Cold Process vs. Hot Process Soap: What’s the Difference?

Cold Process vs. Hot Process Soap: What’s the Difference?

It might seem random, but have you ever wondered about how soap is made? We know that might be a weird thing to wonder about, but the process is pretty interesting. There are actually a few different ways that you can make soap. Everyone loves a quality soap, especially soap bars. They come in tons of delicious scents and colors, and they feel so luxurious on your body. Soap bars are almost like giving yourself a little massage while also getting squeaky clean! 

When we talk about the soap-making process, we are specifically talking about soap bars. Hand soap and liquid soap, along with body wash, are made in entirely separate processes. If you love soap bars, you might be interested in knowing exactly how the bars are made. The two most common processes for soap-making are the cold process and the hot process

The main difference between the two processes is that the cold process heats soap from the inside out, while the hot process heats soap from the outside in. Both processes use oils and lye to make the soap, but the cold process separates the oils and lye in different containers before combining with an immersion stick. The hot process is done in a slow cooker to heat the soap and combine the oil and lye.  

Pros of Cold Process 

As with everything in life, there are both pros and cons for each type of soap-making process. There are a few pros of using the cold process. One of these pros is that you can customize every ingredient you use, depending on your needs and preferences. Who doesn’t like to make things personal? 

You can also use fresh ingredients when you use the cold process. These can include items like milk or produce purees. Perfect for a fresh and delicious-smelling soap bar! Another pro is that you can customize the design better due to something called the trace. A thick trace can create effects such as whipped cream, while a small trace can create swirls in the soap bar.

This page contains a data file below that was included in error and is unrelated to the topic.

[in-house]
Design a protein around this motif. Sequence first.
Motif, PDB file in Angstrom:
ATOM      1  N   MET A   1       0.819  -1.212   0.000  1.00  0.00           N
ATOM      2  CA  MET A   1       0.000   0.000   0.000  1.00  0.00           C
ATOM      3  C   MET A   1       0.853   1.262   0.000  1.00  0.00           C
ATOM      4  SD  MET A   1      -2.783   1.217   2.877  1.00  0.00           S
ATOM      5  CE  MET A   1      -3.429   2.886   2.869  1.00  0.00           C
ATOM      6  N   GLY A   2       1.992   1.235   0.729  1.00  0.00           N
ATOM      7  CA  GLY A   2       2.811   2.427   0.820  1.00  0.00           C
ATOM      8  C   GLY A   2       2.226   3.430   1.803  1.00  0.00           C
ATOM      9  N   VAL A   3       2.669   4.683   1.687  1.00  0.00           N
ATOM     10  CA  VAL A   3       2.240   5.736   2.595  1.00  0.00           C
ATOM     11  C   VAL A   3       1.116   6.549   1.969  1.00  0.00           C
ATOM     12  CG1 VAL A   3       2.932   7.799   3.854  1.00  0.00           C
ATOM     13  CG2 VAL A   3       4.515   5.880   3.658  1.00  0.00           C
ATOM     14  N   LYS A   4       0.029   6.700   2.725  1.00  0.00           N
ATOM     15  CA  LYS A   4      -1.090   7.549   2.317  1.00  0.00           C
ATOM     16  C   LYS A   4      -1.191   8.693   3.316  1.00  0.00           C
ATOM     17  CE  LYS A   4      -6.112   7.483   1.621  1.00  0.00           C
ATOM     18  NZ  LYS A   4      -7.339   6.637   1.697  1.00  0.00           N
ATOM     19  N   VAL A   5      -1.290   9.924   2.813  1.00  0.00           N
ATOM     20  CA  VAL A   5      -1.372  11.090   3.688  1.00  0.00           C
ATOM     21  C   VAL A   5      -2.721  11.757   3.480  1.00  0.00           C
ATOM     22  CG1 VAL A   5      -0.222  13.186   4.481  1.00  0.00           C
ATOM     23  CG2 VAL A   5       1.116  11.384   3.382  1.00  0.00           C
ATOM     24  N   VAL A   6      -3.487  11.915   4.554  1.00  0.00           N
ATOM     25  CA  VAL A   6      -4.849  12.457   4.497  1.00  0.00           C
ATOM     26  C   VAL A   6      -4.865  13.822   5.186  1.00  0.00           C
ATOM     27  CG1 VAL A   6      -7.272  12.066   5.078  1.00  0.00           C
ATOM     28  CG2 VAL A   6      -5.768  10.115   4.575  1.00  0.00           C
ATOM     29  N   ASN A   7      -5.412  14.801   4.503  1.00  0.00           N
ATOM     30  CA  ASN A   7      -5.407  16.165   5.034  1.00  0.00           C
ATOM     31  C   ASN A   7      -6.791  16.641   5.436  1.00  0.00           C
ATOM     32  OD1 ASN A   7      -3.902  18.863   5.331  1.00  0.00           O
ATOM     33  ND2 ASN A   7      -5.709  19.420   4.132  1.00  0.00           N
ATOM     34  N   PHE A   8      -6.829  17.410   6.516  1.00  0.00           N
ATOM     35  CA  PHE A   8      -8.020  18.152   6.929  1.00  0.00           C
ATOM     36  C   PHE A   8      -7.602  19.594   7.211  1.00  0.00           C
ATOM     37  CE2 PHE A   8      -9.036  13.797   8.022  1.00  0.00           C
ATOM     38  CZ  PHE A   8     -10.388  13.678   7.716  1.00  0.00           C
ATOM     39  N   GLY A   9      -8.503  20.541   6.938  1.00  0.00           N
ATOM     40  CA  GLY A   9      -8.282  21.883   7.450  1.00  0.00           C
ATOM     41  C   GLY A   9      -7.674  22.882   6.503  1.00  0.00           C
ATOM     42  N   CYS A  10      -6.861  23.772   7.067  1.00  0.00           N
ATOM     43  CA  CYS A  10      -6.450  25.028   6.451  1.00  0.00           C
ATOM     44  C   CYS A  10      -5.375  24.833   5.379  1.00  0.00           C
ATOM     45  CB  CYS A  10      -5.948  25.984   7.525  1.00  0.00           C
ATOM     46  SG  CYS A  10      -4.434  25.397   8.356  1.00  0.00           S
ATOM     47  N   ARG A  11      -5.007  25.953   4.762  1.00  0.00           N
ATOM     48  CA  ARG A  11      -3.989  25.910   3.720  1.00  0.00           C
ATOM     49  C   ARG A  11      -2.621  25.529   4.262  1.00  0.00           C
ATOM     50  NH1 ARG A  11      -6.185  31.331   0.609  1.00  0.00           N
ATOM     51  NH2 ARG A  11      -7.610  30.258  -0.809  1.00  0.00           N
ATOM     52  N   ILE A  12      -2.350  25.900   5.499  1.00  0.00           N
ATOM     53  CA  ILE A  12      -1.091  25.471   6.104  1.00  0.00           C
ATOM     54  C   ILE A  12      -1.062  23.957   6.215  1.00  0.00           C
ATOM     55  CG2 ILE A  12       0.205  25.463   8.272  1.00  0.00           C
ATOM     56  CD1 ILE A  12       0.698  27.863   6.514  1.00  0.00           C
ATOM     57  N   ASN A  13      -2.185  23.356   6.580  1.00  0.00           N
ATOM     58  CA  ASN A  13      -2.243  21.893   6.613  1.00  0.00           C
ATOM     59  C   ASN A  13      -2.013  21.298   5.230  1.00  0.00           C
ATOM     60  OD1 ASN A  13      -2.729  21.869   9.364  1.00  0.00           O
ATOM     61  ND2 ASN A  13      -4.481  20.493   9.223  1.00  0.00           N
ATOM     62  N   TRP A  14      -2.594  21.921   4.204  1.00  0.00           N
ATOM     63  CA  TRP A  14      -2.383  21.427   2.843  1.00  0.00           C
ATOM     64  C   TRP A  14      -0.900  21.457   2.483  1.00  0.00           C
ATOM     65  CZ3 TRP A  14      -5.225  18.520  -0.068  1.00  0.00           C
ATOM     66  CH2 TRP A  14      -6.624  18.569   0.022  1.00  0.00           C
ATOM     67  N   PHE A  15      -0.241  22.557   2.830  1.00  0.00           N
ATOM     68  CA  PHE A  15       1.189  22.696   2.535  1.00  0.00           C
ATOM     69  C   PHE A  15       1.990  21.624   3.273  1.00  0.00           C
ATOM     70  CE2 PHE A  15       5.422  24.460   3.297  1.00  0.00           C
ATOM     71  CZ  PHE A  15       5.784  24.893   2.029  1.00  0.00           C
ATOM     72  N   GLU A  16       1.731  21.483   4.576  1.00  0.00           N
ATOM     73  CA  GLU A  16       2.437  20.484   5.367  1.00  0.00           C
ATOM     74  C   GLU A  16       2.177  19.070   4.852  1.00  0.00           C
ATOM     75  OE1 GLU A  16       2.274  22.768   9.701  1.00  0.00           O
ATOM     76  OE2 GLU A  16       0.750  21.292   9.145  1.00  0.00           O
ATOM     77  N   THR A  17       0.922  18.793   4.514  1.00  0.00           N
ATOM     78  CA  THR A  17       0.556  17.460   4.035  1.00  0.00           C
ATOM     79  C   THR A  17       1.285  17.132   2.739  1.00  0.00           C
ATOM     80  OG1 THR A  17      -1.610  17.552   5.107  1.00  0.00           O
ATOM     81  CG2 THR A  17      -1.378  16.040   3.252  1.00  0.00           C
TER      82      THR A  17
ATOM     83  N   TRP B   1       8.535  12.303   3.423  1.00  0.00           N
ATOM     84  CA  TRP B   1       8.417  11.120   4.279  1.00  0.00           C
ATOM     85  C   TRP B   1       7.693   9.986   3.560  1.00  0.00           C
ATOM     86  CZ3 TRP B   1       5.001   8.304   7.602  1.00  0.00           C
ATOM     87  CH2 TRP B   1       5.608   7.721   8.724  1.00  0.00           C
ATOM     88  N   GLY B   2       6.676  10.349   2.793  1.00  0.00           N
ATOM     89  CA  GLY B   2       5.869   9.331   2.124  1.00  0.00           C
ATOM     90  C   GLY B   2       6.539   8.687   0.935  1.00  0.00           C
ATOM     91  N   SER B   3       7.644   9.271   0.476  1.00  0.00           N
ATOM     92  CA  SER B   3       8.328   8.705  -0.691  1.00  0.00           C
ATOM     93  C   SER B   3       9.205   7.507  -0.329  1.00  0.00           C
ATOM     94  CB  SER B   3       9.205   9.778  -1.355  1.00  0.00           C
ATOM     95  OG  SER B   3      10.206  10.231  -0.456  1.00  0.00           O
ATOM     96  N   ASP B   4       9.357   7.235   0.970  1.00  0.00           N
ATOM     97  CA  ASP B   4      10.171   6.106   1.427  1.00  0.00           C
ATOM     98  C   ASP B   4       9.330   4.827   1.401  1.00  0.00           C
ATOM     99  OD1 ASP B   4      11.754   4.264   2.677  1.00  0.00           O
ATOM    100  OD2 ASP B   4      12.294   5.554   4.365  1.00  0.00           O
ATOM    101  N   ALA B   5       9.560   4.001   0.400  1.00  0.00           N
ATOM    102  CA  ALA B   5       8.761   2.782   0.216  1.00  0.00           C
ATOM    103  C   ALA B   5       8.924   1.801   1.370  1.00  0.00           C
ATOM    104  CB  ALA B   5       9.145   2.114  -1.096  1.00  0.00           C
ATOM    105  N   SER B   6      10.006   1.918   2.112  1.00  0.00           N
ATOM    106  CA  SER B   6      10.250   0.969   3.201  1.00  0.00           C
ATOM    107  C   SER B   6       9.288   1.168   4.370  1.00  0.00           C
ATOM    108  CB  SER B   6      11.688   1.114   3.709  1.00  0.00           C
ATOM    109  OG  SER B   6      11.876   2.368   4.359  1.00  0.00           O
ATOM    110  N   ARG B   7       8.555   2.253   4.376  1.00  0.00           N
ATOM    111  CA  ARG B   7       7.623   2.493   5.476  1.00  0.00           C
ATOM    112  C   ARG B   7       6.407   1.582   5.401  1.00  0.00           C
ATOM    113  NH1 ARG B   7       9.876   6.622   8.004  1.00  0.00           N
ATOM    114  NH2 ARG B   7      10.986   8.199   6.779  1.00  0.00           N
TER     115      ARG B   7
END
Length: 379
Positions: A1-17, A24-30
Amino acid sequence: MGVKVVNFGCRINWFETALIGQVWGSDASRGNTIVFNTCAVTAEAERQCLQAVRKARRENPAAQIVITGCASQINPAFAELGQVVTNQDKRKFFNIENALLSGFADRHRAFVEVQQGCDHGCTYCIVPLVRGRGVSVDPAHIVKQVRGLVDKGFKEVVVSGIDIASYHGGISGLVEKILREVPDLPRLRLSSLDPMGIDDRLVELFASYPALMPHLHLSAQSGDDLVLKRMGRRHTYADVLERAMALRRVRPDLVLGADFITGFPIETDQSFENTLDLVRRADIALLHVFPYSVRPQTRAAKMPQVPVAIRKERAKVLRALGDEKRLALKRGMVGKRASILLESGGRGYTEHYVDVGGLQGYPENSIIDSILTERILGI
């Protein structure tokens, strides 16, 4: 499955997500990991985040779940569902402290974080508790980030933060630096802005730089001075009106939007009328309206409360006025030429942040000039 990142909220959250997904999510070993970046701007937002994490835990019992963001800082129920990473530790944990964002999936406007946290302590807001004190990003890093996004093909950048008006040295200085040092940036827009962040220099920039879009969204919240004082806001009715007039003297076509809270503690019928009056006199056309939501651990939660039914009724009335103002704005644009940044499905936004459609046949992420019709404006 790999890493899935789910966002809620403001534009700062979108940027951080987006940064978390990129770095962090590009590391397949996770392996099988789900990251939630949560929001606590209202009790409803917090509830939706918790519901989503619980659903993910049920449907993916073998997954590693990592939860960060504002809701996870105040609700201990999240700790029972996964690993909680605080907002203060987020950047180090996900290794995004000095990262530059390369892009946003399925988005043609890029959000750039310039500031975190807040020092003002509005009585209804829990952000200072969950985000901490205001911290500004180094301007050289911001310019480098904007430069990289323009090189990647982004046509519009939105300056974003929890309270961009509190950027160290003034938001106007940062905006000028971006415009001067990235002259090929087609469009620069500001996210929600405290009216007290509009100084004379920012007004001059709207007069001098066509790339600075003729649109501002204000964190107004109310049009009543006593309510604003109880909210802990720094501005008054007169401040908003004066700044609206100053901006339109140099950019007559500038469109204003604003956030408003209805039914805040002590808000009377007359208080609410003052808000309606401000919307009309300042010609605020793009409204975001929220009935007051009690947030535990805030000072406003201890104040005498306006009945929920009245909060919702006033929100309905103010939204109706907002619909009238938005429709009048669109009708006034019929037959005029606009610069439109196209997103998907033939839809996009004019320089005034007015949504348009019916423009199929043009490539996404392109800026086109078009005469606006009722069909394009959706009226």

Your technique options are endless, and therefore your design options are limitless. This means that if you want a more unique and creative soap bar, then the cold process is the way to go. In most cases, cold process soap allows for more natural ingredients and fewer additives or chemicals. This is one of the main reasons why people choose the cold process over other manufacturing techniques. If you prefer all-natural products, you will likely want to choose a cold process soap. 

Cons of Cold Process

The biggest con of the cold process is that you have to use sodium hydroxide lye. This chemical can be dangerous if you don’t know how to use it properly. However, during the soap making process, the lye and oils undergo a chemical reaction, called saponification, which turn these materials into soap. So, in reality, this isn’t actually a con—it’s a necessary component of the process that leads to some really great soap. The other biggest con for cold process soap is the timeframe from start to finish. 

Soap made with the cold process takes four to six weeks to cure. That is a long time to wait on your soap. Some people don’t want to wait that long, but the soap will last longer if you let it sit for the proper amount of time. Another con is that a few different colors tend to change due to the high pH levels of cold process soap. If your soap is super colorful, the cold process might not work for you. 

Similarly, some fragrances are highly reactive with high pH levels. This is especially true for vanilla fragrances, which can sometimes turn the soap brown. If you want your soap to be sparkly and glittery, then the cold process might not work. The soap batter is opaque, which doesn’t allow the glitter to show through. And finally, there is a longer cleanup time for the cold process because you have to use individual containers for each color. 

Pros of Hot Process 

Just as with the cold process, there are also pros and cons for the hot process. One pro is that you can customize all of your ingredients, including the oils. Another pro (maybe the biggest one) is that the heating process speeds everything up so much, you can cut and use your soap after just 24 hours. Seriously, talk about a time saver!